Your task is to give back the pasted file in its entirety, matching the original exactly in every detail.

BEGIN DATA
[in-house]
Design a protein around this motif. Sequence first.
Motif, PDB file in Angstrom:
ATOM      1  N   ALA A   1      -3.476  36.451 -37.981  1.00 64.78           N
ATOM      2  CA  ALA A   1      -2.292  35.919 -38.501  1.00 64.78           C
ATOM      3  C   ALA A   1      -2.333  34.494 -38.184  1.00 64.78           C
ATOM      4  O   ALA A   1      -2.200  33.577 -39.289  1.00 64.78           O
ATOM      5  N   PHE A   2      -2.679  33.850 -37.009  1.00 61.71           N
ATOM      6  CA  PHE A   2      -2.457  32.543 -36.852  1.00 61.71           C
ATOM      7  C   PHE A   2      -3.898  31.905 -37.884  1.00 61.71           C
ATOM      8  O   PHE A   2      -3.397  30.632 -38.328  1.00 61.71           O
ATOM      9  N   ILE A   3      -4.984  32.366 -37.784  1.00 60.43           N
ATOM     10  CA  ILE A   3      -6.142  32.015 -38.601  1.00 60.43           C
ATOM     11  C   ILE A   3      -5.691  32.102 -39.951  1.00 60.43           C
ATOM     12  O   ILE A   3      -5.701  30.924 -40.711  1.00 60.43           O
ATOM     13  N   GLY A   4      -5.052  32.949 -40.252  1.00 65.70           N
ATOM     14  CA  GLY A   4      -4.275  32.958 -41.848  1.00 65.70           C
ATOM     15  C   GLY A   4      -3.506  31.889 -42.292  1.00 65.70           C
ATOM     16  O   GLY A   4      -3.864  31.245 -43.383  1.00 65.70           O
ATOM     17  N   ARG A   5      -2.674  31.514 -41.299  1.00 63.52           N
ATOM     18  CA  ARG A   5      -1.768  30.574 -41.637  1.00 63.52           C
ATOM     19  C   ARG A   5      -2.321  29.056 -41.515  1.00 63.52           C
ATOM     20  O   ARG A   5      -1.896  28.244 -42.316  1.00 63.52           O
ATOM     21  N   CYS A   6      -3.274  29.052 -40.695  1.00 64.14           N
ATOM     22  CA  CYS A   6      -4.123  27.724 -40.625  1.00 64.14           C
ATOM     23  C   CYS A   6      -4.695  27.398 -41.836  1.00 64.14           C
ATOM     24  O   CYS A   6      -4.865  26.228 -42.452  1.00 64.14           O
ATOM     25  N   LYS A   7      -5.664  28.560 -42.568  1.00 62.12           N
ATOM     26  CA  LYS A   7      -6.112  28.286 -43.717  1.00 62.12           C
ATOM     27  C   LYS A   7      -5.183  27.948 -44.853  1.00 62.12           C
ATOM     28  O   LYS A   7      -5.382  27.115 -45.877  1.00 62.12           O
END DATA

[in-house]
Design a protein around this motif. Sequence first.
Motif, PDB file in Angstrom:
ATOM      1  N   ALA A   1      -3.476  36.451 -37.981  1.00 64.78           N
ATOM      2  CA  ALA A   1      -2.292  35.919 -38.501  1.00 64.78           C
ATOM      3  C   ALA A   1      -2.333  34.494 -38.184  1.00 64.78           C
ATOM      4  O   ALA A   1      -2.200  33.577 -39.289  1.00 64.78           O
ATOM      5  N   PHE A   2      -2.679  33.850 -37.009  1.00 61.71           N
ATOM      6  CA  PHE A   2      -2.457  32.543 -36.852  1.00 61.71           C
ATOM      7  C   PHE A   2      -3.898  31.905 -37.884  1.00 61.71           C
ATOM      8  O   PHE A   2      -3.397  30.632 -38.328  1.00 61.71           O
ATOM      9  N   ILE A   3      -4.984  32.366 -37.784  1.00 60.43           N
ATOM     10  CA  ILE A   3      -6.142  32.015 -38.601  1.00 60.43           C
ATOM     11  C   ILE A   3      -5.691  32.102 -39.951  1.00 60.43           C
ATOM     12  O   ILE A   3      -5.701  30.924 -40.711  1.00 60.43           O
ATOM     13  N   GLY A   4      -5.052  32.949 -40.252  1.00 65.70           N
ATOM     14  CA  GLY A   4      -4.275  32.958 -41.848  1.00 65.70           C
ATOM     15  C   GLY A   4      -3.506  31.889 -42.292  1.00 65.70           C
ATOM     16  O   GLY A   4      -3.864  31.245 -43.383  1.00 65.70           O
ATOM     17  N   ARG A   5      -2.674  31.514 -41.299  1.00 63.52           N
ATOM     18  CA  ARG A   5      -1.768  30.574 -41.637  1.00 63.52           C
ATOM     19  C   ARG A   5      -2.321  29.056 -41.515  1.00 63.52           C
ATOM     20  O   ARG A   5      -1.896  28.244 -42.316  1.00 63.52           O
ATOM     21  N   CYS A   6      -3.274  29.052 -40.695  1.00 64.14           N
ATOM     22  CA  CYS A   6      -4.123  27.724 -40.625  1.00 64.14           C
ATOM     23  C   CYS A   6      -4.695  27.398 -41.836  1.00 64.14           C
ATOM     24  O   CYS A   6      -4.865  26.228 -42.452  1.00 64.14           O
ATOM     25  N   LYS A   7      -5.664  28.560 -42.568  1.00 62.12           N
ATOM     26  CA  LYS A   7      -6.112  28.286 -43.717  1.00 62.12           C
ATOM     27  C   LYS A   7      -5.183  27.948 -44.853  1.00 62.12           C
ATOM     28  O   LYS A   7      -5.382  27.115 -45.877  1.00 62.12           O